2002), 111–24, 132–75.

13     Bernard of St Blasien (Bernard of Constance), Chronicle, trans. I. S.

Robinson, Eleventh-Century Germany (Manchester, 2008), 305–6.

14     BPH, 32–3.

15     PL, 182 col. 52.

 

  1. Ellenhard by name Brunn, Des contestataires, 42 – 53

 

16     Paul Frédéricq, Corpus documentorum inquisitionis haeretica parvitatis neerlandicae (Ghent, 1889–1906), I, 15–18; BPH, 29–31.

 

17     BPH, 31–2; Gregory of Tours, X, 25.

 

18     See p. 50.

 

  1. It may be that Tanchelm had been aroused to violent hostility: Tanchelm has long been the subject of extensive discussion, of which Jeffry B. Russell’s thorough survey, Dissent and Reform 56 – 68 and passim, remains a helpful account.

 

 

7: Sowers of the word

 

1       Venarde, Robert of Arbrissel A Medieval Religious Life (Washington, DC, 2003), 75. Venarde’s fine translations of the sources for Robert and his life, and his judicious command of the extensive and controversial modern scholarship,  render extensive footnoting of this section superfluous.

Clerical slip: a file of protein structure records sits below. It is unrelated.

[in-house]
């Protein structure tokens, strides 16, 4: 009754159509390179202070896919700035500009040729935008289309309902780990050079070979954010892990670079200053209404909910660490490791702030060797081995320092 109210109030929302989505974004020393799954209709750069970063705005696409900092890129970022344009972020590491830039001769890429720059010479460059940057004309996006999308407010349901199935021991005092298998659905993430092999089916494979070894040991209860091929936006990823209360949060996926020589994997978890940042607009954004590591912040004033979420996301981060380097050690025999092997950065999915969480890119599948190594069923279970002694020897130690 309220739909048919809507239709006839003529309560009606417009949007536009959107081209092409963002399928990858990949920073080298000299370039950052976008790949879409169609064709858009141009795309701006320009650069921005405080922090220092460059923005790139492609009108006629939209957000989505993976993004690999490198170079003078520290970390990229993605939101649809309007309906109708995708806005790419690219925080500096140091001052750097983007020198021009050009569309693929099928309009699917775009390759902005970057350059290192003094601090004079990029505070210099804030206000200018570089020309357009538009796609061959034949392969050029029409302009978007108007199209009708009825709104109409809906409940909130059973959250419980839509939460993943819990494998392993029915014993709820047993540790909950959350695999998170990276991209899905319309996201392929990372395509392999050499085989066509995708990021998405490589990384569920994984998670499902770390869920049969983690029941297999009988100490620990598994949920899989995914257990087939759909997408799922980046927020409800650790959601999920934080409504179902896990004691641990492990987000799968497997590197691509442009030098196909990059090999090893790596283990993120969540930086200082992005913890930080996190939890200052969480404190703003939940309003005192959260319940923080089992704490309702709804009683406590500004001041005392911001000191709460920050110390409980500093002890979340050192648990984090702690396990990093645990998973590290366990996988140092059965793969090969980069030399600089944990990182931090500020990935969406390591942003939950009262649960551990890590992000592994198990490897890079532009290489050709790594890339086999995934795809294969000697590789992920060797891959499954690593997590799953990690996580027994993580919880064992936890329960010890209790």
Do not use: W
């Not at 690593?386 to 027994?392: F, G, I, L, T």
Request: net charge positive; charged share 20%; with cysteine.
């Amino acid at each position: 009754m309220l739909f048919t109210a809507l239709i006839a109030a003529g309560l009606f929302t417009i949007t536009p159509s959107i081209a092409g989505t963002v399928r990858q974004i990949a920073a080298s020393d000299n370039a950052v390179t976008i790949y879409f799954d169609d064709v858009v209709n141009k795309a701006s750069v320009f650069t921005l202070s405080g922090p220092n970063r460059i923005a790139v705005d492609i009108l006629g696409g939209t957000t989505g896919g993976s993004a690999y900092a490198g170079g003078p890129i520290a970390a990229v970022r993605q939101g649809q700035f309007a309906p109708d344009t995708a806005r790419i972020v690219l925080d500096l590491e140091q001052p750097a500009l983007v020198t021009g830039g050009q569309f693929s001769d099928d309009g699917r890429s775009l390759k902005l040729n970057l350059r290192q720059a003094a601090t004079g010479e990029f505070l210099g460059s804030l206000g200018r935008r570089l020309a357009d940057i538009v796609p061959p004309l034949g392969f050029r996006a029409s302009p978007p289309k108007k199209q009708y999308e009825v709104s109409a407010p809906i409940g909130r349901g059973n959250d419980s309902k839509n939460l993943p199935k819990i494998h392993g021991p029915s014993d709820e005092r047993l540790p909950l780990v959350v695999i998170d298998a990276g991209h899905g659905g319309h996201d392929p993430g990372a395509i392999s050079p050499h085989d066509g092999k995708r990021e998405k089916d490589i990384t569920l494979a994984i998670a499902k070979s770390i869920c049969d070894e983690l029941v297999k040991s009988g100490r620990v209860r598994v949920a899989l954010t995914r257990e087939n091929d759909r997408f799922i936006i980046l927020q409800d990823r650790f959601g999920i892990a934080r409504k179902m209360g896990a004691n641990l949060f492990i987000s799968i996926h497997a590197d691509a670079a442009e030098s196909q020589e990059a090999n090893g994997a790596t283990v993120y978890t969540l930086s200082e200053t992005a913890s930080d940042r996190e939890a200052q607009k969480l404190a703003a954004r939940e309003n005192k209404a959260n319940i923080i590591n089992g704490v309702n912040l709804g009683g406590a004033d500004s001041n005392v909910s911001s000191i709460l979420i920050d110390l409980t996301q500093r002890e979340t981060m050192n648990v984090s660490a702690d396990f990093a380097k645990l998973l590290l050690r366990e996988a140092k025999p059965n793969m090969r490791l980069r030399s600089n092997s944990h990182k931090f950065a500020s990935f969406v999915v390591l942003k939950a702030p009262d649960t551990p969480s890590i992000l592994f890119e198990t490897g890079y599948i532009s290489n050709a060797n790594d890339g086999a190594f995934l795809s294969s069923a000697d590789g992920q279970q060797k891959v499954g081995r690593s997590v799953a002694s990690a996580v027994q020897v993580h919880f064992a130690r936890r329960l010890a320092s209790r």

2       Venarde, 92–100.

 

  1. Fontevraud was the head of dozens of priories: a lapse in my proof-reading: the ‘score or so when he died in 1116’ at 108 below is correct; for a useful map Bienvenu, Robert d’Arbrissel, 109. Expansion continued after Robert’s death; by 1200 there were c. 130 Fontevriste priories.

 

3       Wendy Davies, Small Worlds: The Village Community in Early Medieval Brittany (London, 1988), esp. 100–102.

 

4       Baldri of Dol, First Life of Robert of Arbrissel, in Venarde, 1–21.

 

5       Geoffrey Grossus, The Life of Blessed Bernard of Tiron, trans. Ruth Harwood

Cline (Washington, DC, 2009).